Very few people misunderstood that. I could count them with one hand. When it was shown in Venice, most of the art scene in the world saw it and they got the point. But there were a few who didn’t really connect the humour and the situation, there was a link missing in the chain there. With my works I don’t think people will misunderstand my sarcasm. Like I said, I don’t like to provoke just for the hell of it. And I might sound a little idealistic here, but I really believe that if you’re not confident with a thought, it doesn’t matter what kind of presentation you make, the audience will sense it. They will look at the work from a fresh perspective and immediately see the weaknesses, the mistakes. You have to really respect the audience and keep in mind that you’re not showing your work to stupid people.
How did you come up with the idea for Abidin Travels? In 2004 I went to visit Baghdad to check on my family, as I lost contact with them during the war. The first thing I faced at the border was an American check point, where an American soldier said to me “Welcome to Baghdad”. It was the most ironic and sarcastic situation. After coming back, that scene never vanished from my mind. Then I came up with this idea of making a travel agency. Actually, I would like to thank that very soldier for inspiring me of making such a powerful piece that took me to be representing Finland in the Venice Biennale.
Is humour applicable to everything?
Of course there are things that are not funny. If you force humour into everything you lose the idea. You know, humour is a means to deliver a concept, not the aim of the piece. It’s like the brush when you paint; it’s the tool you’re working with. But sometimes the idea can’t handle that and then you decide to use a different tool.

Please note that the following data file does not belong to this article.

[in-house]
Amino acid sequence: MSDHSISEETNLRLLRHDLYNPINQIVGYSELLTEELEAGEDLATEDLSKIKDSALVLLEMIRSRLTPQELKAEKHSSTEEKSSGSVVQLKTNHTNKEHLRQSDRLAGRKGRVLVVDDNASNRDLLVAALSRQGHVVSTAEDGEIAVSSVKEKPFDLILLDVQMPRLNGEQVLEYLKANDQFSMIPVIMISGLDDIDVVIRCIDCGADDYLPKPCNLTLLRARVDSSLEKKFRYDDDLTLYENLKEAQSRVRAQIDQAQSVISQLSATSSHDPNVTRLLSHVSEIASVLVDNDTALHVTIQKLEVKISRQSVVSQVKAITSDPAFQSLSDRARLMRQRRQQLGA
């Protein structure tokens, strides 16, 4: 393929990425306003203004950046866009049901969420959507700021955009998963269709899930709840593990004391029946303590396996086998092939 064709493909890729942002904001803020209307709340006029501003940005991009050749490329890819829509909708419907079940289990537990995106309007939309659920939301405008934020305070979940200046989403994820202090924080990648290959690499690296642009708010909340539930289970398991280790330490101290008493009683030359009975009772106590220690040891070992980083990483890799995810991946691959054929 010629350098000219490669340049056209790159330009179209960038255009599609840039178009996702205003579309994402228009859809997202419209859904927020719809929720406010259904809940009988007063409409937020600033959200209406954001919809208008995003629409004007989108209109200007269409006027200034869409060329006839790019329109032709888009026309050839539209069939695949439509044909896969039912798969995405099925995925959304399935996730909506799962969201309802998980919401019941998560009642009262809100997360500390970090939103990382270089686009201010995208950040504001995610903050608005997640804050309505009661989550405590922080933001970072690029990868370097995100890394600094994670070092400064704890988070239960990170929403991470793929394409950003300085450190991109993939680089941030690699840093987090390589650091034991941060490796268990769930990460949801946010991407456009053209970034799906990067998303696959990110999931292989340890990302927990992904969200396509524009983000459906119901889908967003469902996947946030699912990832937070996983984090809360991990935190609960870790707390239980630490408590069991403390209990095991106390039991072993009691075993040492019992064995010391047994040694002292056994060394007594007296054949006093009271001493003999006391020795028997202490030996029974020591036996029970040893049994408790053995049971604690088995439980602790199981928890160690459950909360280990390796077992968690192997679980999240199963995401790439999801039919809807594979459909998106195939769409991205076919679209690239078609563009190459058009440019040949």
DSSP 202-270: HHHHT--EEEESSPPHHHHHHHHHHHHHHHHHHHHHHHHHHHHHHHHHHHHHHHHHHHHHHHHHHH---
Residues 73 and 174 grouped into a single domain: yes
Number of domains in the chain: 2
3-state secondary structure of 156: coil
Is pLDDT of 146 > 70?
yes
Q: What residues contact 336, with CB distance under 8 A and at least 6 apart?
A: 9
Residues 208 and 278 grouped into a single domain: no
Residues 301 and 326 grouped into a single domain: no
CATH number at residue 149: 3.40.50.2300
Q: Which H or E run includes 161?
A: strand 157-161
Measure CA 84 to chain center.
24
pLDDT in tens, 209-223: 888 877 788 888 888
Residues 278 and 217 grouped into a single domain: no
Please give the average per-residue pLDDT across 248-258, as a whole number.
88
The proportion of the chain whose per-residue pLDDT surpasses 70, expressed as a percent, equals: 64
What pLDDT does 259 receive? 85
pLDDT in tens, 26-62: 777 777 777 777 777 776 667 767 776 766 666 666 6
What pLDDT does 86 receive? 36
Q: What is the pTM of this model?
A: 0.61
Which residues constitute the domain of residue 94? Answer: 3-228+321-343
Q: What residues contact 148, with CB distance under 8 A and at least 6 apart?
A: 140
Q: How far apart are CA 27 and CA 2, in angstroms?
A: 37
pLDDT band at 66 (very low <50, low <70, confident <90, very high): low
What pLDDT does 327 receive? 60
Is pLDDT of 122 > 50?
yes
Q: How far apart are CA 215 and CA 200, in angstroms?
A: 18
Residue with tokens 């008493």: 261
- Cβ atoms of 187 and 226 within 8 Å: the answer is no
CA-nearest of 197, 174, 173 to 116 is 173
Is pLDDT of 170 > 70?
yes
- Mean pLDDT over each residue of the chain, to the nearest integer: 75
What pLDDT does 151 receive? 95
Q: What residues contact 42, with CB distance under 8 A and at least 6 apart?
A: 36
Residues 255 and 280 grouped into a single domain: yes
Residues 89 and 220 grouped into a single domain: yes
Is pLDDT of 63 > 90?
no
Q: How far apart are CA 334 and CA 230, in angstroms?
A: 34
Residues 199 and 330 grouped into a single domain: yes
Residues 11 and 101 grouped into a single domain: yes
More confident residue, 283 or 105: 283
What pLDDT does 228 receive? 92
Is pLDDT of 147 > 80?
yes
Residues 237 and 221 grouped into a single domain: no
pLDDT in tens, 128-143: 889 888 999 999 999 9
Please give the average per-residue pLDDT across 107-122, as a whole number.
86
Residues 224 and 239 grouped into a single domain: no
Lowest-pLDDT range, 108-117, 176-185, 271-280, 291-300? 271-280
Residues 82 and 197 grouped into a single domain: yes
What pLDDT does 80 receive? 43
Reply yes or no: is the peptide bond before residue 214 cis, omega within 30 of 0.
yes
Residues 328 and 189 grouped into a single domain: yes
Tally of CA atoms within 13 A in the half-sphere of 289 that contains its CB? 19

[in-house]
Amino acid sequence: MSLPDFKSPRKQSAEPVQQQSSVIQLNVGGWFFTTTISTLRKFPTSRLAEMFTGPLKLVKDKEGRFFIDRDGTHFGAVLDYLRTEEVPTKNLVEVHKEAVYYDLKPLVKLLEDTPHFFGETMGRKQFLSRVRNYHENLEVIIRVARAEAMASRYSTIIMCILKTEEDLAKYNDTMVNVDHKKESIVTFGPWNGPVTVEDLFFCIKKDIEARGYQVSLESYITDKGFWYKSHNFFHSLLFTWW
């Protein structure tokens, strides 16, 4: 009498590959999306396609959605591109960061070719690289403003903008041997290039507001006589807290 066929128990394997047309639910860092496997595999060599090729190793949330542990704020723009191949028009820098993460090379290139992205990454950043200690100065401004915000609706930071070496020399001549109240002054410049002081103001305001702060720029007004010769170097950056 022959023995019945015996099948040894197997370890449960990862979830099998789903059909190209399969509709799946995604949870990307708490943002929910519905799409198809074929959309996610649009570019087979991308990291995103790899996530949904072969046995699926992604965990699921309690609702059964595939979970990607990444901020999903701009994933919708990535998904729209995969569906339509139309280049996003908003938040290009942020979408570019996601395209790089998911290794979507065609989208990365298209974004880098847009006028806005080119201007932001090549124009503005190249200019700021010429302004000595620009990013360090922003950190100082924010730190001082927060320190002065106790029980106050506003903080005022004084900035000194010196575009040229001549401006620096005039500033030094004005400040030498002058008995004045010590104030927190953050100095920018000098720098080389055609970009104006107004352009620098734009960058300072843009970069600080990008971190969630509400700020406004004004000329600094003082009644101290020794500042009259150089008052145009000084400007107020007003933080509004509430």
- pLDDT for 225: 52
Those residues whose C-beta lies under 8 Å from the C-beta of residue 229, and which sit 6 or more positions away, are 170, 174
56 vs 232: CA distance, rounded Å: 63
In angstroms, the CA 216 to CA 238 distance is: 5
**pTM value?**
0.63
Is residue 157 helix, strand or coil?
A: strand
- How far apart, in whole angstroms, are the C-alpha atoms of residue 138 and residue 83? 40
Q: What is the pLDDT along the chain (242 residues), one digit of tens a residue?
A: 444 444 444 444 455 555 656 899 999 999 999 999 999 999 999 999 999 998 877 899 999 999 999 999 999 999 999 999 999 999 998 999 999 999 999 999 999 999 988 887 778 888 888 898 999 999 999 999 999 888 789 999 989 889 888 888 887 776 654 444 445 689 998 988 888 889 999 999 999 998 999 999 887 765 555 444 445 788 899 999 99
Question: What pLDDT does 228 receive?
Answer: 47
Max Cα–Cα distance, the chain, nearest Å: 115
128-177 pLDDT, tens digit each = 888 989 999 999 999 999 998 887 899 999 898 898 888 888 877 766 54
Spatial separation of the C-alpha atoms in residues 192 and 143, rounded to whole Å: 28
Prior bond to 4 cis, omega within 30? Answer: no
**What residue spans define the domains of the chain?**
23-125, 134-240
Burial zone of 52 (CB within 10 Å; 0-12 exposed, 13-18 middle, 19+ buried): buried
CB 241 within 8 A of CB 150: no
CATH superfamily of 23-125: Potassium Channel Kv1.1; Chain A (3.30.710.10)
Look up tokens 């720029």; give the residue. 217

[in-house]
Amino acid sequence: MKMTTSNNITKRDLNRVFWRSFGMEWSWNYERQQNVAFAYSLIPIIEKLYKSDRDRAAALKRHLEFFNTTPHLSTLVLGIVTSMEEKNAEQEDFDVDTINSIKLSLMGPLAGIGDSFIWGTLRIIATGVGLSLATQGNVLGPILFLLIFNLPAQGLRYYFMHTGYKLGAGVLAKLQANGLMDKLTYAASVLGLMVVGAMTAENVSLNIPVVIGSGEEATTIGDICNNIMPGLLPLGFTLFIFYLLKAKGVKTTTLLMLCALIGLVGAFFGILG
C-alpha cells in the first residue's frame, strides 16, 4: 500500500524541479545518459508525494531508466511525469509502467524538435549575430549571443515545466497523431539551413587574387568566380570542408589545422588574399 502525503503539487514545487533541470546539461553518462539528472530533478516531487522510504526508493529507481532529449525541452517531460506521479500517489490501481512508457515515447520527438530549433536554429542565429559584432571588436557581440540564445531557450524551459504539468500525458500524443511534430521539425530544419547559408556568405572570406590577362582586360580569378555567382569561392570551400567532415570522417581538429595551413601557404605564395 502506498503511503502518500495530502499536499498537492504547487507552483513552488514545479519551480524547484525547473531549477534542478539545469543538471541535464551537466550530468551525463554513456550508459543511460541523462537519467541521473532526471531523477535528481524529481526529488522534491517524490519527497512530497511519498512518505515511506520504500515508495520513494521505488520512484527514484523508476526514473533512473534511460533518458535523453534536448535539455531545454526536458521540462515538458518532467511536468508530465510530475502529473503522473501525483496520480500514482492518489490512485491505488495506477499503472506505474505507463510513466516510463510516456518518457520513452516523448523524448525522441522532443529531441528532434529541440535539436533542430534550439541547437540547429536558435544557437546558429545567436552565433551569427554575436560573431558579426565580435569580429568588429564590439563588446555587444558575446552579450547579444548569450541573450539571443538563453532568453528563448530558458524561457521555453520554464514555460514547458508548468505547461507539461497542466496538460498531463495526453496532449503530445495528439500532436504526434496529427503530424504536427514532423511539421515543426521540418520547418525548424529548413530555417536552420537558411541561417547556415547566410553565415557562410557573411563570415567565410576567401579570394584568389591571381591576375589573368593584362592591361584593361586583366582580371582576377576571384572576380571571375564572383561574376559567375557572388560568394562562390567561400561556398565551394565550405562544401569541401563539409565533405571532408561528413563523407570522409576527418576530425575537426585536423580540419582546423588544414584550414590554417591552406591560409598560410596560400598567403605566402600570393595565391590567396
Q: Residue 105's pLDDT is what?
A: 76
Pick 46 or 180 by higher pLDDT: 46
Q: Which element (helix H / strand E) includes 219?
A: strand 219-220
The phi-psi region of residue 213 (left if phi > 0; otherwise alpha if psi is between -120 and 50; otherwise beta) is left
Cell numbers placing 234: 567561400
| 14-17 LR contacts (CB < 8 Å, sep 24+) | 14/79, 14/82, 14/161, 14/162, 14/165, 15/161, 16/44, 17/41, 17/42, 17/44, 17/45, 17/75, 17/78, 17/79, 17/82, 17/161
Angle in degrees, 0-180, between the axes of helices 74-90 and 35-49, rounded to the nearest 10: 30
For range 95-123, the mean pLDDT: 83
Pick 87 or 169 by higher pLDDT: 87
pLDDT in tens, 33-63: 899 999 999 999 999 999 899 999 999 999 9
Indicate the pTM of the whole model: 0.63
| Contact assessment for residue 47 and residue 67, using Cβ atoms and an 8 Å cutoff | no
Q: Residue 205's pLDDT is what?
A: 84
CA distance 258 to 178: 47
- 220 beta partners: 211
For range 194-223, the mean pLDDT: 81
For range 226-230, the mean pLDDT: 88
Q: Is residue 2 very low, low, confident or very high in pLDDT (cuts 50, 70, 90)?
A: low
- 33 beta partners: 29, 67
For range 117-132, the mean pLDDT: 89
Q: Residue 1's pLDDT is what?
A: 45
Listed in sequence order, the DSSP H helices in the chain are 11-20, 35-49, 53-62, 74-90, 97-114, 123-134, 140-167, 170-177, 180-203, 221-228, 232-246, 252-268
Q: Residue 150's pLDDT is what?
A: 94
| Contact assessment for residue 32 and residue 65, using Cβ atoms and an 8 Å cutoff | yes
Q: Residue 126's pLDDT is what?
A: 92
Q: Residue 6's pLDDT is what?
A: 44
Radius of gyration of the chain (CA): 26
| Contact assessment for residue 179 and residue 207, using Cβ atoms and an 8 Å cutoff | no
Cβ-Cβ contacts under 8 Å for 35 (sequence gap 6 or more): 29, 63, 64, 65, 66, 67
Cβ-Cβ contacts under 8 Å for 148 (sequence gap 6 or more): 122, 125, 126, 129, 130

You’ve had shows around the Arab world. What’s the state of contemporary art there?
I would say there are very nice contemporary artists, but there is no such thing as a contemporary Arab art scene. There are individuals who are doing really interesting projects, some are really good but they’re scattered here and there. There is a French collector who compiled a wonderful three-volume book on current Arab artists. It was printed in France and the people who wrote it were not Arabs. People from Arab countries would never have done that. There is no organisation or institution for such things. So yeah, there are some really good individual artists, but of course they travel a lot. (Laughs) I’m being so honest today!
How about Iraq, are you hopeful about the future?
Of course, I mean Iraq or any other country; I hope that no crisis happens.
|Until 25 April
Adel Abidin solo exhibition
Kiasma, 4th floor
How about the current situation in your homeland?
We were expecting this. I mean, we knew that if the Americans came and occupied the country like they did it would be a mess afterwards even if they left. Because for almost 30 years the words freedom and democracy didn’t exist in our dictionaries, we don’t really know what they mean. The people don’t know what to do, they get confused, and that’s natural. So I think what’s going on right now is sort of normal for that situation, coming out of 30 years of dictatorship, and I hope it will end soon but I don’t think it will. These things take time. But I’m not a politician. This is just my opinion as an individual.
What do you hope to achieve as an artist?
If I dream of something, I hope I will be able to make it happen. I don’t like to have a dream and not be able to realise it. And so far all my dreams have come true, luckily, but I’ve worked my ass off for them. In the art scene I’m very young – not in terms of age, but my first video work was only six years ago. So I feel like as an artist I’m still a baby.